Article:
Women in Tech: Needed and Valued

Provided by Southern New Hampshire University

The terms “women” and “technology” are being paired more and more frequently these days. Exploring the facts reveals solid, concrete reasoning for bringing more women into the field of tech.

The National Center for Women and Information Technology (NCWIT) shares its fact sheet, which uses U.S. Bureau for Labor and Statistics’ (BLS) numbers:

• In 2014, 57 percent of bachelor’s degree recipients were female.
• In 2014, only 17 percent of computer and information science bachelor’s degrees recipients were female.
• The BLS predicts an estimated 1.1 million computing-related job openings in the U.S. by 2024.
• The BLS predicts an estimated 41 percent of individuals will receive bachelor’s degrees related to those jobs in 2024.

Two-thirds of the jobs in 2024 may not have qualified applicants due to a lack of college graduates with technical degrees. We have the opportunity to help bridge this gap by increasing the number of women who not only study computing in some fashion but also go on to work in the field.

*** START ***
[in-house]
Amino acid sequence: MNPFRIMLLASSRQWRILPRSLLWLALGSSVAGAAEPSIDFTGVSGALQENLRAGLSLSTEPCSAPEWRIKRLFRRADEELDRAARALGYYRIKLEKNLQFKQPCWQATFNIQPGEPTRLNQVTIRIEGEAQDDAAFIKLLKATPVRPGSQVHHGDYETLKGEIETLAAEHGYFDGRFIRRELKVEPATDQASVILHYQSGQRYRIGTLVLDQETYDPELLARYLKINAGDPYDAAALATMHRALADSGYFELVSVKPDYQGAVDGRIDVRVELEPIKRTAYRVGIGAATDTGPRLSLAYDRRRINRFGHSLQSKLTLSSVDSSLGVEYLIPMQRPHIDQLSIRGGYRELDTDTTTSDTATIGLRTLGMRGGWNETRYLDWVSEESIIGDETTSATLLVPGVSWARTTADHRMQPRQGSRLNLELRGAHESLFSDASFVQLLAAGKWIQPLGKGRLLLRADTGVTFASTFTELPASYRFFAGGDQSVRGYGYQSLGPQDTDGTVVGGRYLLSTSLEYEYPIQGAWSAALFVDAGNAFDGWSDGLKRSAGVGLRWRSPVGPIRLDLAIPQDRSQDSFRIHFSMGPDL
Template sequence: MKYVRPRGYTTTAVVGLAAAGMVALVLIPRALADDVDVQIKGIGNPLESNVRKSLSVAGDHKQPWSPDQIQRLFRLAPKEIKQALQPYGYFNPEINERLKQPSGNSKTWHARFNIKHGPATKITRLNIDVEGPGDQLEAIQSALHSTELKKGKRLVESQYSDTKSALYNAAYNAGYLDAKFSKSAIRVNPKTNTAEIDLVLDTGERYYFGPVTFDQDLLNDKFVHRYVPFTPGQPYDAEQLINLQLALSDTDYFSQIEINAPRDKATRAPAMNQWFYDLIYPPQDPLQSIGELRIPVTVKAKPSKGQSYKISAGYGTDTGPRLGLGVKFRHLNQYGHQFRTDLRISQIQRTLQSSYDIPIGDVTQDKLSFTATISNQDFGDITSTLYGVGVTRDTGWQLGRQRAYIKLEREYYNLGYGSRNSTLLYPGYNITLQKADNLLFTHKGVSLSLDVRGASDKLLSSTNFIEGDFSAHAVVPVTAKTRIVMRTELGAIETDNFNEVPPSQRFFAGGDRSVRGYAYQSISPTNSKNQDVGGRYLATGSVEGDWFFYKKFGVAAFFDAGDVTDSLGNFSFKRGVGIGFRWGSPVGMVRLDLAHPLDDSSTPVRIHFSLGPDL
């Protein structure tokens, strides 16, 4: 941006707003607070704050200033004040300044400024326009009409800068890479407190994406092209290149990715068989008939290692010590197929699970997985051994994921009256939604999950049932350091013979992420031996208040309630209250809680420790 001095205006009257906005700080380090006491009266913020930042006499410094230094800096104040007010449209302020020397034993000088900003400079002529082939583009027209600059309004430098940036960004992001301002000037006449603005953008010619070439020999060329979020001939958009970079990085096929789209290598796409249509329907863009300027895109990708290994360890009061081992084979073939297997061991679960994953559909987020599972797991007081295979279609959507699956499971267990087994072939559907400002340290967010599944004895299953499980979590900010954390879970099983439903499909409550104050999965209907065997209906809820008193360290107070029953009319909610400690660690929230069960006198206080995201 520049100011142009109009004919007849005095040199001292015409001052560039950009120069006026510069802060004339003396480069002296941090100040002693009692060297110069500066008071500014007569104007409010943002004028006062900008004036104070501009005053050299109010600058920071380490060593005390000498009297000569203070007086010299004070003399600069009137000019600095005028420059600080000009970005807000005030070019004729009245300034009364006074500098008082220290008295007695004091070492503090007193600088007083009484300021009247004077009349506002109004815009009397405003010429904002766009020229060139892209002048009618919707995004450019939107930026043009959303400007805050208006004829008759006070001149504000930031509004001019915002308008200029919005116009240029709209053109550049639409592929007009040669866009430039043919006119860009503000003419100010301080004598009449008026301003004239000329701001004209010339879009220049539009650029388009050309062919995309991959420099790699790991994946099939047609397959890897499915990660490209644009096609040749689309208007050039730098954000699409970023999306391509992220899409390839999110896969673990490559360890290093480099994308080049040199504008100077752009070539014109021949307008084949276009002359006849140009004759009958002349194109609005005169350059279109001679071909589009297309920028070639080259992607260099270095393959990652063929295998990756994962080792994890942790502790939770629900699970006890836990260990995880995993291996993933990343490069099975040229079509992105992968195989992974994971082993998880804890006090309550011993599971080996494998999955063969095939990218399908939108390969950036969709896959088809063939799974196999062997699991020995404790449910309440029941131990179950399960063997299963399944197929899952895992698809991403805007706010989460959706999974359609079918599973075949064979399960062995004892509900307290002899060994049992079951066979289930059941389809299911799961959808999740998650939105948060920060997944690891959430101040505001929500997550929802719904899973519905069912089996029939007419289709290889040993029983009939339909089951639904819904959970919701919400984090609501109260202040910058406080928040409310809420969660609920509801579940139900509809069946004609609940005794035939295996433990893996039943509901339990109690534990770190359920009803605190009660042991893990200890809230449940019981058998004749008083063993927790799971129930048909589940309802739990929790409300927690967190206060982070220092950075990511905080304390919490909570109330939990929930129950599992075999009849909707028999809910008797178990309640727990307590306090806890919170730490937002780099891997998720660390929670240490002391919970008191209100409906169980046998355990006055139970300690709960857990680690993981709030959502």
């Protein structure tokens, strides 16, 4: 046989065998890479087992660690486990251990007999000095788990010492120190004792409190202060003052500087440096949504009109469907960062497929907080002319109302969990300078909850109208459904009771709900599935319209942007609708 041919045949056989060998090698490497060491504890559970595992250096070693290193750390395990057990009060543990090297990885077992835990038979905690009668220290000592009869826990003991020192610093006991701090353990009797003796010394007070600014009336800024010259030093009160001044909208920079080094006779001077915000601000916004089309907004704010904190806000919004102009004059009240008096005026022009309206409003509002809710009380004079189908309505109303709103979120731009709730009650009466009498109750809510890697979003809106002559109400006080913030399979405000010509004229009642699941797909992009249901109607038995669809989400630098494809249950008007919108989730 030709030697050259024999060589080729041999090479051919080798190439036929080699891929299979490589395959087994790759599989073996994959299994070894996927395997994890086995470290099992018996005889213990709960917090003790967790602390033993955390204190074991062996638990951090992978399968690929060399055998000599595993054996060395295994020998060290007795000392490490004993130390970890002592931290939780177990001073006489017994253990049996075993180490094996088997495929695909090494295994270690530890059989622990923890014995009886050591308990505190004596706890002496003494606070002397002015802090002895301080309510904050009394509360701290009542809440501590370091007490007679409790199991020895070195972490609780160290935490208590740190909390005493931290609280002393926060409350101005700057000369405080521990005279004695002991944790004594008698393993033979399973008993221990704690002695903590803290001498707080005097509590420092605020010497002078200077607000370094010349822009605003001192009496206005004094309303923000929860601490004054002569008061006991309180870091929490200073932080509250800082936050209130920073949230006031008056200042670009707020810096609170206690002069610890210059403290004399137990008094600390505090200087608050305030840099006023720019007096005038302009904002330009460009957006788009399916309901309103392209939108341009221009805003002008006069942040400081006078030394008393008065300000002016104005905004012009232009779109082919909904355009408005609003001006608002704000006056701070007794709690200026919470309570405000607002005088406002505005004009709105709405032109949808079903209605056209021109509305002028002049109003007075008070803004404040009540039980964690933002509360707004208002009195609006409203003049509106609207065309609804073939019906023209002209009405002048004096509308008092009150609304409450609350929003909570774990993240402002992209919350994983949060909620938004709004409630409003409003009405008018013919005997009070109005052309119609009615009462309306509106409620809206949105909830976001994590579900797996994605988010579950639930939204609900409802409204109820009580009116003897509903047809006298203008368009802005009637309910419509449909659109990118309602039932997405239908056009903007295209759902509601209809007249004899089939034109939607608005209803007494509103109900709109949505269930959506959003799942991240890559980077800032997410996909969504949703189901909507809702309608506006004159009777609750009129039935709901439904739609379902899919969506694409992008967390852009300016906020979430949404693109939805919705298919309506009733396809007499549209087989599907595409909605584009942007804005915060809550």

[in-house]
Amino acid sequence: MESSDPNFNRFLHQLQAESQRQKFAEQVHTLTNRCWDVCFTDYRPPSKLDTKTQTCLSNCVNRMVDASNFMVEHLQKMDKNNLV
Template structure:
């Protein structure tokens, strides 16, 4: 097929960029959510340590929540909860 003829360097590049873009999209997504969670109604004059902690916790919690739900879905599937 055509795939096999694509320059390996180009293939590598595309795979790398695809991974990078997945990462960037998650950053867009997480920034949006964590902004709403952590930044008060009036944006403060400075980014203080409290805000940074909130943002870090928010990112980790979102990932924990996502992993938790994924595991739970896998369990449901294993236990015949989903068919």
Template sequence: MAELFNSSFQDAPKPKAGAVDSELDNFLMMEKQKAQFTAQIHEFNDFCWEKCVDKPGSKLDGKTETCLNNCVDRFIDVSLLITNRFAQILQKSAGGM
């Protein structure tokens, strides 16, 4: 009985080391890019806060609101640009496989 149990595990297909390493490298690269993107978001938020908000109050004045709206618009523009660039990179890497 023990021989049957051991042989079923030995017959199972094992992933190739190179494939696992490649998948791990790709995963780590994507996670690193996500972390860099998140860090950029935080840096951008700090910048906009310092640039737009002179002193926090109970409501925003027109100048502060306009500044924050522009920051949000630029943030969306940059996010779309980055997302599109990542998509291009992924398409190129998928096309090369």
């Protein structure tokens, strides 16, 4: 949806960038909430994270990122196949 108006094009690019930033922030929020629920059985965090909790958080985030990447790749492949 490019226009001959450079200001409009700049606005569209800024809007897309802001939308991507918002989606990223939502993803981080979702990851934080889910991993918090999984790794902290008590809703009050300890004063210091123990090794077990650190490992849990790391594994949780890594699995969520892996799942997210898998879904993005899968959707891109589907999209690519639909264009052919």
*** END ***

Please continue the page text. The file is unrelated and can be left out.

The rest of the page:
Not only do we simply need more qualified bodies to fill open jobs in the tech space. Research also shows that diversity leads to innovation and financial success. There are a variety of research studies on the impact of diversity on teams and how it relates to innovation. Ultimately, the conclusions report a correlation between diversity and innovation as well as financial success.

Southern New Hampshire University is an Academic Alliance Member of NCWIT, one of more than 450 other colleges and universities working together to implement institutional change in higher education and serve as national change agents. We’ve started a student group so our female tech students can engage, stay connected and discuss challenges and successes they’ve experienced, in a safe and supportive environment. We offer high-quality and affordable technology programs and continue to increase their accessibility.